Sam Beard wants you to meditate. He wants your neighbor to meditate. He wants your friends and family and people all over the world to meditate.
So he aims to enlist 1 billion people in his campaign of mindfulness. And what Beard wants, he usually gets, through sheer dint of personality and persistence.
Beard has a 50-year track record as “a social entrepreneur.” He has created and chaired programs for seven U.S. presidents that have collectively led to more than 10 million jobs for the low-income population. With Jacqueline Kennedy Onassis and U.S. Sen. Robert Taft Jr., he founded the Jefferson Awards Foundation in 1972 to create a gold seal for public service in America. After initiating a training program for student leaders nine years ago, JAF has trained more than 20,000. It is active in hundreds of high schools, which has resulted in more than 20 million hours of service to date. But all that was a mere prelude, he says, to the mindfulness and meditation project. “Genetically, I seem to think big,” he says. “But this will be the biggest thing I’ve done.”
And despite his age—77—the tall, trim grandfather expects to be around when the 1 billion goal is reached. “I believe I will be mentally and physical healthy till I’m 100,” he says, “and I have no desire to retire.”
Beard describes mindfulness as meditation that focuses on awareness of the present while observing thoughts and feelings from a distance. Practitioners say it reduces stress and depression; improves empathy, compassion and creativity; and boosts concentration and awareness. It has also been credited with alleviating physical ailments such as diabetes, hypertension, psoriasis—any disease related to inflammation.
Meditating is not complicated, though Beard perhaps oversimplifies when he describes it: “Just close your eyes, breathe in and breathe out.”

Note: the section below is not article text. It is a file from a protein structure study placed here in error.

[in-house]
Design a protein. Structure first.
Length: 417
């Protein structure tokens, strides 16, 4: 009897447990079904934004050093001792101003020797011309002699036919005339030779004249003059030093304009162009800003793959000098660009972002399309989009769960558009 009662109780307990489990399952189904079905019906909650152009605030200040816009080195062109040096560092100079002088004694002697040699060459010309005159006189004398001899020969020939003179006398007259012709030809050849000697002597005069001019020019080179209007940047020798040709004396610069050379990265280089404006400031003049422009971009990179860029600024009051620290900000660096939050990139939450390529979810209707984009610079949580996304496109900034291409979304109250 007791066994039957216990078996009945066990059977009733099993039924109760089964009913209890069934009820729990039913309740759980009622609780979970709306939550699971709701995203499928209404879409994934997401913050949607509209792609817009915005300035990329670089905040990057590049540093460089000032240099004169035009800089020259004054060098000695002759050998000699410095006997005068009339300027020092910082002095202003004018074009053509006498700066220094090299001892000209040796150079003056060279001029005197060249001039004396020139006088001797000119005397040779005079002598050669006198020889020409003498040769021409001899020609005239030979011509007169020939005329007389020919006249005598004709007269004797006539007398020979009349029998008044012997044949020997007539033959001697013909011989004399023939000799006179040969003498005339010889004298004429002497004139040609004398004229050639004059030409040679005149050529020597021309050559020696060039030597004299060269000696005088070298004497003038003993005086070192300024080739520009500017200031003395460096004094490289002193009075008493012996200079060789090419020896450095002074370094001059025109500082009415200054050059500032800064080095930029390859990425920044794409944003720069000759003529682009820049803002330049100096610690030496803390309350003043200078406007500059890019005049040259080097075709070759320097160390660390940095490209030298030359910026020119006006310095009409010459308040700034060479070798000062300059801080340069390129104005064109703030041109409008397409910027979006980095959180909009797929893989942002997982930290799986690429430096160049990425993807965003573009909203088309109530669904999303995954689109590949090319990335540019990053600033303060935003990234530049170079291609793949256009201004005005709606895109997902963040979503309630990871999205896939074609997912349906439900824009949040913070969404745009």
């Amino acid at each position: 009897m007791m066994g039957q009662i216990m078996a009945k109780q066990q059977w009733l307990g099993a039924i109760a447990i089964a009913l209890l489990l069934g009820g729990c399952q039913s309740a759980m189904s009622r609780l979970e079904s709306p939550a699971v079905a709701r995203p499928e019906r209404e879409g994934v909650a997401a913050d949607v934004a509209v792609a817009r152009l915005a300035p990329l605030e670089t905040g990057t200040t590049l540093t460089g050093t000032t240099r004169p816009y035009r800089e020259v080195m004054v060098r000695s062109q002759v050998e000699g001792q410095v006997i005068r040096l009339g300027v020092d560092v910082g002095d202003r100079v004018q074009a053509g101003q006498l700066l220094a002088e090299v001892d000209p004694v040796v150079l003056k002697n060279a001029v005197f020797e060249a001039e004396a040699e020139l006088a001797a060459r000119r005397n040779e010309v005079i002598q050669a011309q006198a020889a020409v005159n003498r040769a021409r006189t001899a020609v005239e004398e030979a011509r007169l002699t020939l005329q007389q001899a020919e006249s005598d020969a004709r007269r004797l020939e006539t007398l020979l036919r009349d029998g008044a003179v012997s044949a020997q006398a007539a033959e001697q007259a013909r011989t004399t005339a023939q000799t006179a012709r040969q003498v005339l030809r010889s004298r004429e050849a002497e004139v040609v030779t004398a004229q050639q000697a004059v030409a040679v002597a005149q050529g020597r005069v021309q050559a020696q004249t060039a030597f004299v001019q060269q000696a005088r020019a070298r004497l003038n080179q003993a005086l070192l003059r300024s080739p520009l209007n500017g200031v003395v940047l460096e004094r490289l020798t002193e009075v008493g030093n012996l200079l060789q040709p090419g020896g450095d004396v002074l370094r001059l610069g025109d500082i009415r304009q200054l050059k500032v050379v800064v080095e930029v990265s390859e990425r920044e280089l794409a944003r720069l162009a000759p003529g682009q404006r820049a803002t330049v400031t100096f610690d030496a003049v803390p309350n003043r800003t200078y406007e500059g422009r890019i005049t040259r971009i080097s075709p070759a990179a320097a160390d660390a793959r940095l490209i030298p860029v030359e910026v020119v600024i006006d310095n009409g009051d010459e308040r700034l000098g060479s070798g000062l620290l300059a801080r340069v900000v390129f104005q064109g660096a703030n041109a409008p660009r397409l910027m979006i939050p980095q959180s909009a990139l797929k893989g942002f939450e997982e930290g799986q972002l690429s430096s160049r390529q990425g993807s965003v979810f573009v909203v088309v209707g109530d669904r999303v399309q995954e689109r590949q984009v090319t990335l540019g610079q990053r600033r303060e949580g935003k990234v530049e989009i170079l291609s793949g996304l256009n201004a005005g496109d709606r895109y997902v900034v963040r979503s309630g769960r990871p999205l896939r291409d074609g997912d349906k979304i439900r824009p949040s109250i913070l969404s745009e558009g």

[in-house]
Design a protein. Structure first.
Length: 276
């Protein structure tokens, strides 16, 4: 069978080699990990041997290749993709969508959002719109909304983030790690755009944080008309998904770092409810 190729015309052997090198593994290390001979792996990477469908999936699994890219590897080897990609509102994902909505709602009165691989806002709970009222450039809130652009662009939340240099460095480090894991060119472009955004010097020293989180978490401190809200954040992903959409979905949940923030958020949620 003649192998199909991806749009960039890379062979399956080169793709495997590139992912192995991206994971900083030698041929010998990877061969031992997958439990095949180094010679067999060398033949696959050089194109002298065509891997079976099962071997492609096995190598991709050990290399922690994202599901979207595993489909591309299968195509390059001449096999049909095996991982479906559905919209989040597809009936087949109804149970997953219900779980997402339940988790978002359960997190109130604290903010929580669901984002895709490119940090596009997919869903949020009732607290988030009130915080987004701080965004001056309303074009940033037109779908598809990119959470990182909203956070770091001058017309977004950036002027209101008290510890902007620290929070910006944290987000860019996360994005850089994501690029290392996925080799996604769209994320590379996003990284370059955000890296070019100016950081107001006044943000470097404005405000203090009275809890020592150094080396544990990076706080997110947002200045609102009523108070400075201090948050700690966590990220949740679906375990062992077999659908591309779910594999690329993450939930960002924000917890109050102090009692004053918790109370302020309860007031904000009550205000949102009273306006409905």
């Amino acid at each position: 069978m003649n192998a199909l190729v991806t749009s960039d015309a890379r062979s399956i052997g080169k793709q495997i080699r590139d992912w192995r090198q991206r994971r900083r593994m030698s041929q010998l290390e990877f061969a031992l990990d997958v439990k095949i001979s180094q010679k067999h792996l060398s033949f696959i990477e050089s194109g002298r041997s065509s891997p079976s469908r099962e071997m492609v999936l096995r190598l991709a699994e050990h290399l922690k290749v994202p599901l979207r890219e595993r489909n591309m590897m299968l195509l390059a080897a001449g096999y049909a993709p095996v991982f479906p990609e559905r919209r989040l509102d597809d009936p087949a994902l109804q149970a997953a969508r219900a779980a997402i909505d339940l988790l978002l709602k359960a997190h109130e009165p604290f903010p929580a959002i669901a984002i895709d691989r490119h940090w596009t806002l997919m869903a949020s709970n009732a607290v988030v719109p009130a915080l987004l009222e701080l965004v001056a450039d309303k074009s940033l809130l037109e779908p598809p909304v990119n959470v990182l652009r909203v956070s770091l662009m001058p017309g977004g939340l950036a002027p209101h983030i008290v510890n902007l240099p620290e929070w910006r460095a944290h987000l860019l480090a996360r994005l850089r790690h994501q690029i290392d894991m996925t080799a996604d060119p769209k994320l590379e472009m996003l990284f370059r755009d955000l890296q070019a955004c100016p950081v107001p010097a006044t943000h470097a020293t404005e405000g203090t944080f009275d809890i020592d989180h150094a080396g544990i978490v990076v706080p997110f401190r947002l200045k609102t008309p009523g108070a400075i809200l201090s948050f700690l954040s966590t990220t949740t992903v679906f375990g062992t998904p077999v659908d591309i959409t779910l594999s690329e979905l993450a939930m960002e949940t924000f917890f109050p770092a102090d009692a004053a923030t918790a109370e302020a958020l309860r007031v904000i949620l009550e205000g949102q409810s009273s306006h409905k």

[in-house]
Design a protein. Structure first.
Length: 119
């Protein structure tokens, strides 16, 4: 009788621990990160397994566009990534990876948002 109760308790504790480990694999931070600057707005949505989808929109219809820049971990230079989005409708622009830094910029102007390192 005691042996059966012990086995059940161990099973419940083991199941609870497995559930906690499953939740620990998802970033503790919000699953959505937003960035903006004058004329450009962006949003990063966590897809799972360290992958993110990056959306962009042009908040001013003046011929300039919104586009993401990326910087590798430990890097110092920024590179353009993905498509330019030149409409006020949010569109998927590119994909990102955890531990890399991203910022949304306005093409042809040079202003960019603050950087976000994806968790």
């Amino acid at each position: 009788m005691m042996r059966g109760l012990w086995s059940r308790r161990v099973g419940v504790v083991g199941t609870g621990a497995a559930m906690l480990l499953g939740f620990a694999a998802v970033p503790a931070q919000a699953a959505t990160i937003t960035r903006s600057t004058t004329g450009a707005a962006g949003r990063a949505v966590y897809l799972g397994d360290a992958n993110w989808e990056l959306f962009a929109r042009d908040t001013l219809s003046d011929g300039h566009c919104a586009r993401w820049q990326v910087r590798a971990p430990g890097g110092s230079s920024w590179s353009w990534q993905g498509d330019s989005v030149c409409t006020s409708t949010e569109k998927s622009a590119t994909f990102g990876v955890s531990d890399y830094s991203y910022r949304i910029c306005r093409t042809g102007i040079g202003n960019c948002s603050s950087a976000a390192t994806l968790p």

Simplicity aside, persuading a billion people to do it would represent a tectonic shift in a society that seems to turn instinctively to pharmacological solutions for stress and emotional problems.
The engine driving Beard’s campaign is Global Investment Foundation for Tomorrow, a Delaware-based not-for-profit. Through GIFT, he is using his home state as a proving ground for the worldwide project. His immediate target: getting 100,000 Delawareans into meditation in five years.
Toward that end, he has organized an army of true believers. And “army” is an appropriate term. Many of those enlisted in his cause are military veterans who suffer from post-traumatic stress disorder. Others are professionals who work with veterans.
Freddy Lee Allen and Dr. Jennifer Tedesco are among them. They met seven years ago when Allen visited Tedesco, a psychologist at the Veterans Administration Medical Center in Elsmere who specializes in PTSD. Allen, an Army veteran who was discharged in 2000, at first ignored his problems, then tried unsuccessfully to deal with them through prescription drugs. Medication made his condition worse, so he quickly spiraled downward, going through a divorce, then losing his job and home.
Beard (right) is working to enlist 1 billion people in
Tedesco introduced him to mindfulness-based stress reduction. Allen calls it “transformative.” He warns, however, that “it’s not a magic pill,” and “it doesn’t happen overnight.” It required practice and what he calls “my full-on attention.” Eventually, “I learned how to reshape my ability to manage some of the crappy things in life—as well as some of the good things,” he says. “It gets you on a path to dealing with everything in a gentle, kind way, including yourself. It compels you to pay attention to what’s going on right now, including feelings I used to push away. Now I know I’m supposed to sit with those feelings and notice how they affect me.”
Today, Allen, who lives in Newark, is an outreach specialist at the Vet Center on Centerville Road in Wilmington, which offers free behavioral counseling for veterans. He has an amicable relationship with his ex-wife and is close to his four “beautiful” children, though he previously distanced himself, fearing how he would act around them because of his PTSD.
Neither Tedesco, who lives in New Jersey, nor Allen had heard of Beard before this year. Tedesco met him in January. Beard now views her as a key resource. In March, she helped him introduce GIFT to a crowd of about 200 in the Hotel du Pont’s Gold Ballroom, which was something of a watershed event in his campaign.